8. Hassler, John & Mora, Jose & Storesletten, Kjetil & Zilibotti, Fabrizio, 2002. "The Survival of the Welfare State," Seminar Papers 704, Stockholm University, Institute for International Economic Studies.
  9. Andolfatto, David & Gomme, Paul, 1996. "Unemployment insurance and labor-market activity in Canada," Carnegie-Rochester Conference Series on Public Policy, Elsevier, vol. 44(1), pages 47-82, June.
  10. Pallage, Stephane & Zimmermann, Christian, 2001. "Voting on Unemployment Insurance," International Economic Review, Department of Economics, University of Pennsylvania and Osaka University Institute of Social and Economic Research Association, vol. 42(4), pages 903-23, November.
  11. Wright, Randall, 1986. "The redistributive roles of unemployment insurance and the dynamics of voting," Journal of Public Economics, Elsevier, vol. 31(3), pages 377-399, December.
  12. Baily, Martin Neil, 1978. "Some aspects of optimal unemployment insurance," Journal of Public Economics, Elsevier, vol. 10(3), pages 379-402, December.
  13. Stephane Pallage & Christian Zimmermann, 1999. "Heterogeneous Labor Markets and the Generosity Towards the Unemployed: An International Perspective," Cahiers de recherche CREFE / CREFE Working Papers 88, CREFE, Université du Québec à Montréal.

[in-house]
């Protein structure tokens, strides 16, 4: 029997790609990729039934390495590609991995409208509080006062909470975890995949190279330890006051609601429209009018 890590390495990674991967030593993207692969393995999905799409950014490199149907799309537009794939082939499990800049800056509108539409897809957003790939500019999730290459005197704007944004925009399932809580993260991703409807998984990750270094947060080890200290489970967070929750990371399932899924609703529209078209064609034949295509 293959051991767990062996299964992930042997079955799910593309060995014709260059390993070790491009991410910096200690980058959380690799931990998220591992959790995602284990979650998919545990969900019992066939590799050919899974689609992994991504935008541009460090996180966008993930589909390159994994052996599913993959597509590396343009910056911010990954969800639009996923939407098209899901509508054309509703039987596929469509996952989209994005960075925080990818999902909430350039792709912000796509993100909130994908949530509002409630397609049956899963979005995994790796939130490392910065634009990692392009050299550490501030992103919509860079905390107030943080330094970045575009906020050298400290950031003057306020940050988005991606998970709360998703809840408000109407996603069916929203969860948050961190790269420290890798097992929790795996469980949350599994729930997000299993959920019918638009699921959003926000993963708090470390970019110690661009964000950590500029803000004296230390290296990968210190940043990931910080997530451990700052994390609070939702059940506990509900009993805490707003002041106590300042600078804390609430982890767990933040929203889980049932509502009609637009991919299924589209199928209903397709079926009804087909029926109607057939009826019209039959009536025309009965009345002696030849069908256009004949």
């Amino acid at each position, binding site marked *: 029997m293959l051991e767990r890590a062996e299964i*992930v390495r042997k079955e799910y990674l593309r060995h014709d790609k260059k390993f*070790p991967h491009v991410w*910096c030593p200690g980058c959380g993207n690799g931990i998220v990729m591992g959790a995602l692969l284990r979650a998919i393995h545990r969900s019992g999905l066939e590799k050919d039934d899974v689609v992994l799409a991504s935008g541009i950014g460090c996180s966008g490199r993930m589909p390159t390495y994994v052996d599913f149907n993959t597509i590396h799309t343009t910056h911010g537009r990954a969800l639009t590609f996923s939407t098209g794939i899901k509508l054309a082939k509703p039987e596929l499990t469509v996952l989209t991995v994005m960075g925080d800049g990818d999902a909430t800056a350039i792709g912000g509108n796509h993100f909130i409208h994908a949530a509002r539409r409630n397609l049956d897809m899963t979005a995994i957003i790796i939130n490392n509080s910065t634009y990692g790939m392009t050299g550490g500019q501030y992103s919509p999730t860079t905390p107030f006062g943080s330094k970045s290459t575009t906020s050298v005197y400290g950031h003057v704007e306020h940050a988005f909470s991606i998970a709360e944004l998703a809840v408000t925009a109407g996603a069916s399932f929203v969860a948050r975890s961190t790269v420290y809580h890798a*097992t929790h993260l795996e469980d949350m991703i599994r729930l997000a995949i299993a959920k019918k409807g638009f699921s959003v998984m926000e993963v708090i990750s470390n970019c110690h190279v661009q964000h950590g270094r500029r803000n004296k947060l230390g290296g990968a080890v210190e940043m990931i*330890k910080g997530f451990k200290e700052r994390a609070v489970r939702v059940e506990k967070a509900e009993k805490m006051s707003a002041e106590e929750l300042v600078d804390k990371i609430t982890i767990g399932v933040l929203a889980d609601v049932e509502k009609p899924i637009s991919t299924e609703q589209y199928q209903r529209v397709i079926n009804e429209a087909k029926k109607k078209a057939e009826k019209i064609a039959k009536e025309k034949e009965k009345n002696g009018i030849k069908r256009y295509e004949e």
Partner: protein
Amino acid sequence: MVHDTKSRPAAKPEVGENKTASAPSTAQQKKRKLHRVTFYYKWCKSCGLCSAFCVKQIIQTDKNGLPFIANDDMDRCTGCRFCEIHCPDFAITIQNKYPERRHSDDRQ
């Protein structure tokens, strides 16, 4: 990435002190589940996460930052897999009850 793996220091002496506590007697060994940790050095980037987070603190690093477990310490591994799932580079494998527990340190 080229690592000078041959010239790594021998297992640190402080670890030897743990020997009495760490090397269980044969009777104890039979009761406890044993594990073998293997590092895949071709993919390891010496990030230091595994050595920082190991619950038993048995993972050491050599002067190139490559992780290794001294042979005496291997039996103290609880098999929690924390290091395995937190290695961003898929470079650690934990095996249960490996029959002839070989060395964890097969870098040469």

14. Kydland, Finn E & Prescott, Edward C, 1982. "Time to Build and Aggregate Fluctuations," Econometrica, Econometric Society, vol. 50(6), pages 1345-70, November.
  15. Hopenhayn, Hugo A & Nicolini, Juan Pablo, 1997. "Optimal Unemployment Insurance," Journal of Political Economy, University of Chicago Press, vol. 105(2), pages 412-38, April.
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Blog mentions

As found by EconAcademics.org, the blog aggregator for Economics research:
  1. Optimal Unemployment Insurance over the Business Cycle
    by Christian Zimmermann in NEP-DGE blog on 2010-12-17 11:01:01
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Cited by:
  1. Andreas Pollak, 2005. "Optimal Unemployment Insurance and Voting," Computational Economics 0505002, EconWPA.
  2. David W. Johnston & Grace Lordan, 2014. "When Work Disappears: Racial Prejudice and Recession Labour Market Penalties," CEP Discussion Papers dp1257, Centre for Economic Performance, LSE.
  3. Andreas Pollak, 2005. "Optimal Unemployment Insurance in a Search Model with Variable Human Capital," Computing in Economics and Finance 2005 324, Society for Computational Economics.
  4. Pollak, Andreas, 2013. "Employment Insurance and the Business Cycle," MPRA Paper 49358, University Library of Munich, Germany.
  5. Pollak, Andreas, 2007. "Optimal unemployment insurance with heterogeneous agents," European Economic Review, Elsevier, vol. 51(8), pages 2029-2053, November.
  6. Lars Osberg, 2011. "Why Did Unemployment Disappear from Official Macro-Economic Policy Discourse in Canada?," New Directions for Intelligent Government in Canada: Papers in Honour of Ian Stewart, in: Fred Gorbet & Andrew Sharpe (ed.), New Directions for Intelligent Government in Canada: Papers in Honour of Ian Stewart, pages 127-162 Centre for the Study of Living Standards.